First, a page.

Loyola dropped its first two games on the West Coast in the Apple Invitational Tournament at Stanford, but the box scores from those contests indicate Greyhound followers will get a real treat when Michael Reese makes his Baltimore debut Dec. 3.Reese, a 6-foot-8 transfer from Boston College, made an impressive Loyola debut, averaging 26 points and 7.5 rebounds, and was the only Greyhound on the all-tournament team. Reese had 18 points and seven rebounds in Friday's 98-56 loss to host Stanford and followed with a 34-point, eight-rebound effort in Saturday's 90-82 loss to Pacific in the consolation game.
NEWS
By Frank D. Roylance and Frank D. Roylance,Evening Sun Staff | November 25, 1991
Not all the news from Annapolis has been gloomy this year. Lottery players, at least, are holding up their end of the state budget.The Maryland Lottery Agency said today the state netted $6.4 million more during the first four months of this fiscal year than during the same period last year, a gain of more than 6 percent.By comparison, the state's total lottery revenues climbed $4.4 million in all of fiscal 1991 compared with the year before."We are up in net earnings as well as total sales in spiteof the recession and the economy," said lottery spokesman Carroll H. Hynson Jr. He credited the agency's "tremendous effort insofar as changing the games and being creative."
NEWS
By Rob Kasper | February 3, 2002
ORANGES HELP ME make it through the winter. Their bright color, their tangy flavor and their powerful aroma stand in marked contrast to days that are often dim, dull and repetitive. Traditionally one bright spot in the gray season has been the arrival of a box of navel oranges from Arizona. They are part of a cross-country exchange of holiday foodstuffs among family members. My sister-in-law ships oranges from Phoenix to Baltimore, and we in turn ship homemade fruitcake from Baltimore to Phoenix.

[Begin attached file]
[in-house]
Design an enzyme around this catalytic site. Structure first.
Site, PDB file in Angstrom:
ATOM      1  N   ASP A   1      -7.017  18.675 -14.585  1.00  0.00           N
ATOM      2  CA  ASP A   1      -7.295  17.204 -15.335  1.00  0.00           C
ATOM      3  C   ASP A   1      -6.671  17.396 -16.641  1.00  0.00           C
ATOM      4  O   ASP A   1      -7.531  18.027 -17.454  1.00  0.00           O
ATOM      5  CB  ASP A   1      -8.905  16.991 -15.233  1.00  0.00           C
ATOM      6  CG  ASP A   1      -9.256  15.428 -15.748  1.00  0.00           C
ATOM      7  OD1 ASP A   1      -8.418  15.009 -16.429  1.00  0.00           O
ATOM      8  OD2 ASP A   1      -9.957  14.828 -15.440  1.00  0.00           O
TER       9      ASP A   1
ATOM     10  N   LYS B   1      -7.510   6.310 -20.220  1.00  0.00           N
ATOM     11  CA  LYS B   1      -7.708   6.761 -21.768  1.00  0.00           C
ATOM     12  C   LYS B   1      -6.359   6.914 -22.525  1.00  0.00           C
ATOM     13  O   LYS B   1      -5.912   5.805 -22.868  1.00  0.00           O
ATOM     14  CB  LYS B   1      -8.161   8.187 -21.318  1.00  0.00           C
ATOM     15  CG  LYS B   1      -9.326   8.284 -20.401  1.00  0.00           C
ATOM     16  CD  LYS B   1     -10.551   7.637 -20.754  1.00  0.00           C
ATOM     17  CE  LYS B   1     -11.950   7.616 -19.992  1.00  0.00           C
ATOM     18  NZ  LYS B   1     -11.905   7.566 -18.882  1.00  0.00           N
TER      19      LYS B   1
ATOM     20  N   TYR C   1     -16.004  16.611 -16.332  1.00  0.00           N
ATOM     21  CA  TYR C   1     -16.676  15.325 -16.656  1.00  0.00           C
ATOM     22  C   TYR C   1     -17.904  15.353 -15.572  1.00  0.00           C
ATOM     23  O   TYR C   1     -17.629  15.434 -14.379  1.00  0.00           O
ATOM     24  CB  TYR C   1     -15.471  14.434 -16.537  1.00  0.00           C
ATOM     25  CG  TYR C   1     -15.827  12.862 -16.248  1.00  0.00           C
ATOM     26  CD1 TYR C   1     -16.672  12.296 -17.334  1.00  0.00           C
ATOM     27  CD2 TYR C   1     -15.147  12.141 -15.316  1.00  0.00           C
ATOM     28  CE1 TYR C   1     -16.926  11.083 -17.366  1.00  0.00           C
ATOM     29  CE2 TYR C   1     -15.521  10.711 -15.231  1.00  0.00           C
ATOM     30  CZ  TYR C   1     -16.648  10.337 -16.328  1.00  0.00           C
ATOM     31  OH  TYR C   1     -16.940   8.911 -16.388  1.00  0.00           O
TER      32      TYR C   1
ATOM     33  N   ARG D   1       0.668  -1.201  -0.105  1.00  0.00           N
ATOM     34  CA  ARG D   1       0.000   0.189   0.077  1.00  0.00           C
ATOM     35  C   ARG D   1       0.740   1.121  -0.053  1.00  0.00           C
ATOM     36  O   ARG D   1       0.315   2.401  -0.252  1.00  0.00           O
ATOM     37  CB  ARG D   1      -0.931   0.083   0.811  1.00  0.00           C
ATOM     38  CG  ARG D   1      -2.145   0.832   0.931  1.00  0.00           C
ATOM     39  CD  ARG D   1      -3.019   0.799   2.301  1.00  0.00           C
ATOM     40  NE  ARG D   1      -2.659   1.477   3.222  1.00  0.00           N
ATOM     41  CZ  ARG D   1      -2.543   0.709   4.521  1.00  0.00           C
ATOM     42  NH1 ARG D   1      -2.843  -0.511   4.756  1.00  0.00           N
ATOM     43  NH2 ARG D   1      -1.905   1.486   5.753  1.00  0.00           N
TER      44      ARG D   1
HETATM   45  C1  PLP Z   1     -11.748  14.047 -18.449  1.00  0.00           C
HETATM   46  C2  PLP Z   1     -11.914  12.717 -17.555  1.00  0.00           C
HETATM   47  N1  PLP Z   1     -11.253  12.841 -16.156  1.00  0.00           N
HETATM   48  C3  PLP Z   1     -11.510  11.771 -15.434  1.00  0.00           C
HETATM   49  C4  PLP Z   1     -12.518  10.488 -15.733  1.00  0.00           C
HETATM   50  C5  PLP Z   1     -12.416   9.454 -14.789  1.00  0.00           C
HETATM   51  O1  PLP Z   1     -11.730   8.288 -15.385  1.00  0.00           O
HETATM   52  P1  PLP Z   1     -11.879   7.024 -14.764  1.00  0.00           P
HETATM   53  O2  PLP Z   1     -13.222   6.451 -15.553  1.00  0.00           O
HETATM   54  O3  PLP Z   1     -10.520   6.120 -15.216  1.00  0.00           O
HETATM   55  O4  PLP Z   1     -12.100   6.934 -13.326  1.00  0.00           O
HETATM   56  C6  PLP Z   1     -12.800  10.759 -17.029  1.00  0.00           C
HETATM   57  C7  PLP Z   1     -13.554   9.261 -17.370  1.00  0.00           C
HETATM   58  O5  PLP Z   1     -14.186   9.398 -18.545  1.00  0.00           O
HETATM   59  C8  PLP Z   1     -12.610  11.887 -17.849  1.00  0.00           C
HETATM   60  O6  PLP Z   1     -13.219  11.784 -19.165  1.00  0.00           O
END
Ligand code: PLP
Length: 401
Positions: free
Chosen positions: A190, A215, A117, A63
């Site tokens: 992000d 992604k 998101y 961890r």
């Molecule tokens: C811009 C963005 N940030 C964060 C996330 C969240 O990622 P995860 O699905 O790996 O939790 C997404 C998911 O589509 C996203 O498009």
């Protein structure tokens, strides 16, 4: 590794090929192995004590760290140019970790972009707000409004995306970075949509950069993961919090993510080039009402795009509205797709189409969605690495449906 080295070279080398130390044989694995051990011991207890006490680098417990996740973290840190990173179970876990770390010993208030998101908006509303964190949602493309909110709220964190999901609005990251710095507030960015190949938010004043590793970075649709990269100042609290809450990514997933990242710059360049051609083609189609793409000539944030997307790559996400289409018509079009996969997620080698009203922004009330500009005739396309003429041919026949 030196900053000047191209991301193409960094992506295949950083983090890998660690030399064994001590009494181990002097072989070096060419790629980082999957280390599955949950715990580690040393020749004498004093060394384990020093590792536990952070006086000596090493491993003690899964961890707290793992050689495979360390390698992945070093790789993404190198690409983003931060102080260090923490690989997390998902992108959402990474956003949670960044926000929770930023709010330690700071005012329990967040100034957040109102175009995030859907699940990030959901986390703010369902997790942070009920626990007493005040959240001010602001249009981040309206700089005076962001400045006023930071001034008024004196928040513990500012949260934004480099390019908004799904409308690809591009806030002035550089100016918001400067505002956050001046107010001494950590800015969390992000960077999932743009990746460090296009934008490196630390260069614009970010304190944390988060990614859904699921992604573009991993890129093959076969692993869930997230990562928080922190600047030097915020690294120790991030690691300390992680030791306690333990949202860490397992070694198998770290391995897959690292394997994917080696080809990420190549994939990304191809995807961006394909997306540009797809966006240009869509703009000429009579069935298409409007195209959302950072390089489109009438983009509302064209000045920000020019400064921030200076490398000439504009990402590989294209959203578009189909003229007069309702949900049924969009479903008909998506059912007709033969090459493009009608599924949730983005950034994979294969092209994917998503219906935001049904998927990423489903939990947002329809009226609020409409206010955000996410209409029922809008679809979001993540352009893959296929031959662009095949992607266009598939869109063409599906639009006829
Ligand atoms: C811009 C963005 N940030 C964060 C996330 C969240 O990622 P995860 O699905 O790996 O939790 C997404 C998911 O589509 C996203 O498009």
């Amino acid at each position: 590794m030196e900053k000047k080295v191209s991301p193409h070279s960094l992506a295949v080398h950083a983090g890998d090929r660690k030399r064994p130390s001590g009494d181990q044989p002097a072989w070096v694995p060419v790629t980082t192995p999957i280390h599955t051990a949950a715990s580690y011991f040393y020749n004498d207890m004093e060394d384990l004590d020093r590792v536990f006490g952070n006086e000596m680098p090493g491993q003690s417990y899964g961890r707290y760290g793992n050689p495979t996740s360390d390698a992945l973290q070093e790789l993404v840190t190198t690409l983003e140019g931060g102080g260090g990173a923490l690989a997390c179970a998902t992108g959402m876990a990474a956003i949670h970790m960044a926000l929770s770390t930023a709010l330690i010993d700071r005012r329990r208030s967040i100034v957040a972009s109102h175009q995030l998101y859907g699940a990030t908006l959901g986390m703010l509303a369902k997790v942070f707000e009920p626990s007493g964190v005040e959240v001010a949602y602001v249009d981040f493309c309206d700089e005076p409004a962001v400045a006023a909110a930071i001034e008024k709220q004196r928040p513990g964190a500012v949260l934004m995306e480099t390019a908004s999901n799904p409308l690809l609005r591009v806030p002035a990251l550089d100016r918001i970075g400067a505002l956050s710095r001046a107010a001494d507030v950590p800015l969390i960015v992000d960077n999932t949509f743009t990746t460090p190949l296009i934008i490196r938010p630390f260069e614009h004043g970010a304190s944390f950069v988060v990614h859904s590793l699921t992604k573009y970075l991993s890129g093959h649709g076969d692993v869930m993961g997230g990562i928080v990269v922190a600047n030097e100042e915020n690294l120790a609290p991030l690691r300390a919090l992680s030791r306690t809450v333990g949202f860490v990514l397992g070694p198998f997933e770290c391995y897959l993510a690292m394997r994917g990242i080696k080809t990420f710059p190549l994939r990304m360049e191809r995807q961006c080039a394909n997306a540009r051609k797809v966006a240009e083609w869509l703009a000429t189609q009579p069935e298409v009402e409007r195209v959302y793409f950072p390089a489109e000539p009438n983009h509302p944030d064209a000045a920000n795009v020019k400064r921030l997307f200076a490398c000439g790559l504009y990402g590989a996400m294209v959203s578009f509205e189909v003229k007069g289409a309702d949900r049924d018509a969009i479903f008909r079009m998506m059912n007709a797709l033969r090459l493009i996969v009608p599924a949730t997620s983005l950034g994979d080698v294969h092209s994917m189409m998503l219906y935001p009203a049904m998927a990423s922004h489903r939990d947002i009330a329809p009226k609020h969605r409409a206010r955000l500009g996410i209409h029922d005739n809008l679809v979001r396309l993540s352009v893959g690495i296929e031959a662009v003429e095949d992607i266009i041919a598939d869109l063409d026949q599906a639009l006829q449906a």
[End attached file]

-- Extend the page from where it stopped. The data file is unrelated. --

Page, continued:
SPORTS
By John Eisenberg | July 9, 2000
As the Orioles limp into the All-Star break in the same, sad shape as a year ago, former manager Ray Miller, the anointed scapegoat for the debacle of 1999, surely is feeling vindicated. The 2000 season has been a carbon copy of '99 in many ways, with a weak bullpen, a lack of speed and general mediocrity consigning the Orioles to the depths of the American League East. Replacing Miller with Mike Hargrove hasn't seemed to help much, at least not with the won-lost record. But when you dig below the record, you find evidence that, strangely enough, the disappointing first half of 2000 actually has confirmed that Hargrove is a major upgrade over his fired predecessor.
FEATURES
By JACQUES KELLY | March 31, 2001
I DON'T THINK there's a room in my house I can't associate with Hilda Wilson, the lampshade diva of Towson. Mrs. Wilson, as she was known, was an indomitable businesswoman who sold lampshades and lamp parts from an old-fashioned store on the York Road in the heart of old Towson. Mrs. Wilson, who died last week at 95 and is being buried today, was a character. A staunch and effective proponent of boosting the Baltimore County seat she so admired, she was also a presence in the domain of home lighting.